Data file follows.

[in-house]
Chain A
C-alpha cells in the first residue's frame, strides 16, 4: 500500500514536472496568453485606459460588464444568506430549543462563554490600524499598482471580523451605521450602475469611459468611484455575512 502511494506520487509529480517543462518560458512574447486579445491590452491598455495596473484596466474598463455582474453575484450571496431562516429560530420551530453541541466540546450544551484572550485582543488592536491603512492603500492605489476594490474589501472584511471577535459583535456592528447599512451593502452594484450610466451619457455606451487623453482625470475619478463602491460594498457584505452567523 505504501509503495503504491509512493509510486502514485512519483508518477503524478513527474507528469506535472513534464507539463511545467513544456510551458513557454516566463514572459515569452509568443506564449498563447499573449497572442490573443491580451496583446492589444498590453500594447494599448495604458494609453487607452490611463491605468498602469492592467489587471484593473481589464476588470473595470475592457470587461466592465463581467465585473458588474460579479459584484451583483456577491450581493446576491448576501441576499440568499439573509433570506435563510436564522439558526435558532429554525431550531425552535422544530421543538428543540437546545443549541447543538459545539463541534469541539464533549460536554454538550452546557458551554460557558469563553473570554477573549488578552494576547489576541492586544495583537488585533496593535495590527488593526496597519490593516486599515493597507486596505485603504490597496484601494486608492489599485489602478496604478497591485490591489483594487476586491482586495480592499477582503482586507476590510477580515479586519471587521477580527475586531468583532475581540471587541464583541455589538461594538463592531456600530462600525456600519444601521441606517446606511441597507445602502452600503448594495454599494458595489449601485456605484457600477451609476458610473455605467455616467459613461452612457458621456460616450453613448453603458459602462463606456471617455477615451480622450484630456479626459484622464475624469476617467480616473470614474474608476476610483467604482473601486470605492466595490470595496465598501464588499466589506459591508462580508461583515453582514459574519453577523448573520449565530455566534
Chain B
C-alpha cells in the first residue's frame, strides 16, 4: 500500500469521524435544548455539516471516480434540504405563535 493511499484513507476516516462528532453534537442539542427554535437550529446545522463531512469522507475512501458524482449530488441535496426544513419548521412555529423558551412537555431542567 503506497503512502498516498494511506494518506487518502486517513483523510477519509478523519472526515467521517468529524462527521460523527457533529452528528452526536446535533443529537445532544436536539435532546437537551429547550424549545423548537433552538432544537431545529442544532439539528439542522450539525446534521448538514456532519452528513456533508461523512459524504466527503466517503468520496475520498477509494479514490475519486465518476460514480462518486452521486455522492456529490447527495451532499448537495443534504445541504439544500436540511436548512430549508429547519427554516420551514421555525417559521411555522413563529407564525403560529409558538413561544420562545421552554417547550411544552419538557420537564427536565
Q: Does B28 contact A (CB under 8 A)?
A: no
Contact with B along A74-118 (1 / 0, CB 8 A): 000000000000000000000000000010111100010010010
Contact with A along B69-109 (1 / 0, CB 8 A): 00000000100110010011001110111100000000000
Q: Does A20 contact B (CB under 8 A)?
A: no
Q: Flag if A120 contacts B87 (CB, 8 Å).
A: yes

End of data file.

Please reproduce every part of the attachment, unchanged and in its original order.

[in-house]
Chain A
C-alpha cells in the first residue's frame, strides 16, 4: 500500500514536472496568453485606459460588464444568506430549543462563554490600524499598482471580523451605521450602475469611459468611484455575512 502511494506520487509529480517543462518560458512574447486579445491590452491598455495596473484596466474598463455582474453575484450571496431562516429560530420551530453541541466540546450544551484572550485582543488592536491603512492603500492605489476594490474589501472584511471577535459583535456592528447599512451593502452594484450610466451619457455606451487623453482625470475619478463602491460594498457584505452567523 505504501509503495503504491509512493509510486502514485512519483508518477503524478513527474507528469506535472513534464507539463511545467513544456510551458513557454516566463514572459515569452509568443506564449498563447499573449497572442490573443491580451496583446492589444498590453500594447494599448495604458494609453487607452490611463491605468498602469492592467489587471484593473481589464476588470473595470475592457470587461466592465463581467465585473458588474460579479459584484451583483456577491450581493446576491448576501441576499440568499439573509433570506435563510436564522439558526435558532429554525431550531425552535422544530421543538428543540437546545443549541447543538459545539463541534469541539464533549460536554454538550452546557458551554460557558469563553473570554477573549488578552494576547489576541492586544495583537488585533496593535495590527488593526496597519490593516486599515493597507486596505485603504490597496484601494486608492489599485489602478496604478497591485490591489483594487476586491482586495480592499477582503482586507476590510477580515479586519471587521477580527475586531468583532475581540471587541464583541455589538461594538463592531456600530462600525456600519444601521441606517446606511441597507445602502452600503448594495454599494458595489449601485456605484457600477451609476458610473455605467455616467459613461452612457458621456460616450453613448453603458459602462463606456471617455477615451480622450484630456479626459484622464475624469476617467480616473470614474474608476476610483467604482473601486470605492466595490470595496465598501464588499466589506459591508462580508461583515453582514459574519453577523448573520449565530455566534
Chain B
C-alpha cells in the first residue's frame, strides 16, 4: 500500500469521524435544548455539516471516480434540504405563535 493511499484513507476516516462528532453534537442539542427554535437550529446545522463531512469522507475512501458524482449530488441535496426544513419548521412555529423558551412537555431542567 503506497503512502498516498494511506494518506487518502486517513483523510477519509478523519472526515467521517468529524462527521460523527457533529452528528452526536446535533443529537445532544436536539435532546437537551429547550424549545423548537433552538432544537431545529442544532439539528439542522450539525446534521448538514456532519452528513456533508461523512459524504466527503466517503468520496475520498477509494479514490475519486465518476460514480462518486452521486455522492456529490447527495451532499448537495443534504445541504439544500436540511436548512430549508429547519427554516420551514421555525417559521411555522413563529407564525403560529409558538413561544420562545421552554417547550411544552419538557420537564427536565
Q: Does B28 contact A (CB under 8 A)?
A: no
Contact with B along A74-118 (1 / 0, CB 8 A): 000000000000000000000000000010111100010010010
Contact with A along B69-109 (1 / 0, CB 8 A): 00000000100110010011001110111100000000000
Q: Does A20 contact B (CB under 8 A)?
A: no
Q: Flag if A120 contacts B87 (CB, 8 Å).
A: yes